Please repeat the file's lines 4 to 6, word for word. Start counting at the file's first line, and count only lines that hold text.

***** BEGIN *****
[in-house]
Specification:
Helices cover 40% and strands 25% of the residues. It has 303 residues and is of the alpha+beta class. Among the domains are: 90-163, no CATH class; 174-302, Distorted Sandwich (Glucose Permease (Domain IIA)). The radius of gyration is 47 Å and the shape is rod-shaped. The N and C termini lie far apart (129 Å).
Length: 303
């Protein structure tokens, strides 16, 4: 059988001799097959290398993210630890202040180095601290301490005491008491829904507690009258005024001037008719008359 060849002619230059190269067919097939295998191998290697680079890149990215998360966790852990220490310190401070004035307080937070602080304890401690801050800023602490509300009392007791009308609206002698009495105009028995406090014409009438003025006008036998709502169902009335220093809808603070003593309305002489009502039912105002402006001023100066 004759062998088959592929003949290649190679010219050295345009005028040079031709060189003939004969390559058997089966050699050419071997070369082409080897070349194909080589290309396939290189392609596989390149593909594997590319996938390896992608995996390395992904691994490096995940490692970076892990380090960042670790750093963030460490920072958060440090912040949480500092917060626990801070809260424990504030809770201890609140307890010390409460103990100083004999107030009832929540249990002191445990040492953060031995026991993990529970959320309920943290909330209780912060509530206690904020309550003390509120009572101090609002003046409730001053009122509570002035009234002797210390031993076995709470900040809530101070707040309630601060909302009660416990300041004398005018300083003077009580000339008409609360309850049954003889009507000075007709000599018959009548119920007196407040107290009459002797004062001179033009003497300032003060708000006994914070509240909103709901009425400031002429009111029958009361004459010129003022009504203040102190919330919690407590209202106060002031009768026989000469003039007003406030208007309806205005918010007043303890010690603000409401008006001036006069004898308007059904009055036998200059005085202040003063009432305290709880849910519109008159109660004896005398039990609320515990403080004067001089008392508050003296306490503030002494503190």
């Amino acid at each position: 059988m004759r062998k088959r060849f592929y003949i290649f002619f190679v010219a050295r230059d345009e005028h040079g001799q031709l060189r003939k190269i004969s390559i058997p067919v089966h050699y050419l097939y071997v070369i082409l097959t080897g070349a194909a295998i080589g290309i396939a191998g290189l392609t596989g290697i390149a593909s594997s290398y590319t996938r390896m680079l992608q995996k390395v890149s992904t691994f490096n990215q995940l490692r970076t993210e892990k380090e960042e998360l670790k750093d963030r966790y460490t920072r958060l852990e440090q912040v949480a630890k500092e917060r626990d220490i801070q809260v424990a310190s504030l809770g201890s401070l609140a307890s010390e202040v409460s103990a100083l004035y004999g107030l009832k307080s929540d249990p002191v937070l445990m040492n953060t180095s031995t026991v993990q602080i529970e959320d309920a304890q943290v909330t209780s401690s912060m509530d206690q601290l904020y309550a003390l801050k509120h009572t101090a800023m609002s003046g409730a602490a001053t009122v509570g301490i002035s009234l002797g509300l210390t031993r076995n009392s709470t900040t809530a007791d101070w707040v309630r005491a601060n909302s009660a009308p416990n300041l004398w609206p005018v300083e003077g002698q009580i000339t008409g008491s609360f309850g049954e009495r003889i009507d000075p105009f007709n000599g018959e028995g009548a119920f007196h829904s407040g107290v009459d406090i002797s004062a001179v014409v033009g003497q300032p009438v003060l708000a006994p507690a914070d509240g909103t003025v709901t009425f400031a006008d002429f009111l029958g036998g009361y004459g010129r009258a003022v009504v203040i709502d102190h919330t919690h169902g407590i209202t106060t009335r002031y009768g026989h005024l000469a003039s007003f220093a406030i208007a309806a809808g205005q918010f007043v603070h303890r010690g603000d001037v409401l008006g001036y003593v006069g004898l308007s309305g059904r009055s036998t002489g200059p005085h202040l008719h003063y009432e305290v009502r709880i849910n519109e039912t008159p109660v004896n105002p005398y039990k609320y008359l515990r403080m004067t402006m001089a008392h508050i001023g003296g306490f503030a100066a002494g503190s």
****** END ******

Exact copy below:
Length: 303
């Protein structure tokens, strides 16, 4: 059988001799097959290398993210630890202040180095601290301490005491008491829904507690009258005024001037008719008359 060849002619230059190269067919097939295998191998290697680079890149990215998360966790852990220490310190401070004035307080937070602080304890401690801050800023602490509300009392007791009308609206002698009495105009028995406090014409009438003025006008036998709502169902009335220093809808603070003593309305002489009502039912105002402006001023100066 004759062998088959592929003949290649190679010219050295345009005028040079031709060189003939004969390559058997089966050699050419071997070369082409080897070349194909080589290309396939290189392609596989390149593909594997590319996938390896992608995996390395992904691994490096995940490692970076892990380090960042670790750093963030460490920072958060440090912040949480500092917060626990801070809260424990504030809770201890609140307890010390409460103990100083004999107030009832929540249990002191445990040492953060031995026991993990529970959320309920943290909330209780912060509530206690904020309550003390509120009572101090609002003046409730001053009122509570002035009234002797210390031993076995709470900040809530101070707040309630601060909302009660416990300041004398005018300083003077009580000339008409609360309850049954003889009507000075007709000599018959009548119920007196407040107290009459002797004062001179033009003497300032003060708000006994914070509240909103709901009425400031002429009111029958009361004459010129003022009504203040102190919330919690407590209202106060002031009768026989000469003039007003406030208007309806205005918010007043303890010690603000409401008006001036006069004898308007059904009055036998200059005085202040003063009432305290709880849910519109008159109660004896005398039990609320515990403080004067001089008392508050003296306490503030002494503190």
């Amino acid at each position: 059988m004759r062998k088959r060849f592929y003949i290649f002619f190679v010219a050295r230059d345009e005028h040079g001799q031709l060189r003939k190269i004969s390559i058997p067919v089966h050699y050419l097939y071997v070369i082409l097959t080897g070349a194909a295998i080589g290309i396939a191998g290189l392609t596989g290697i390149a593909s594997s290398y590319t996938r390896m680079l992608q995996k390395v890149s992904t691994f490096n990215q995940l490692r970076t993210e892990k380090e960042e998360l670790k750093d963030r966790y460490t920072r958060l852990e440090q912040v949480a630890k500092e917060r626990d220490i801070q809260v424990a310190s504030l809770g201890s401070l609140a307890s010390e202040v409460s103990a100083l004035y004999g107030l009832k307080s929540d249990p002191v937070l445990m040492n953060t180095s031995t026991v993990q602080i529970e959320d309920a304890q943290v909330t209780s401690s912060m509530d206690q601290l904020y309550a003390l801050k509120h009572t101090a800023m609002s003046g409730a602490a001053t009122v509570g301490i002035s009234l002797g509300l210390t031993r076995n009392s709470t900040t809530a007791d101070w707040v309630r005491a601060n909302s009660a009308p416990n300041l004398w609206p005018v300083e003077g002698q009580i000339t008409g008491s609360f309850g049954e009495r003889i009507d000075p105009f007709n000599g018959e028995g009548a119920f007196h829904s407040g107290v009459d406090i002797s004062a001179v014409v033009g003497q300032p009438v003060l708000a006994p507690a914070d509240g909103t003025v709901t009425f400031a006008d002429f009111l029958g036998g009361y004459g010129r009258a003022v009504v203040i709502d102190h919330t919690h169902g407590i209202t106060t009335r002031y009768g026989h005024l000469a003039s007003f220093a406030i208007a309806a809808g205005q918010f007043v603070h303890r010690g603000d001037v409401l008006g001036y003593v006069g004898l308007s309305g059904r009055s036998t002489g200059p005085h202040l008719h003063y009432e305290v009502r709880i849910n519109e039912t008159p109660v004896n105002p005398y039990k609320y008359l515990r403080m004067t402006m001089a008392h508050i001023g003296g306490f503030a100066a002494g503190s």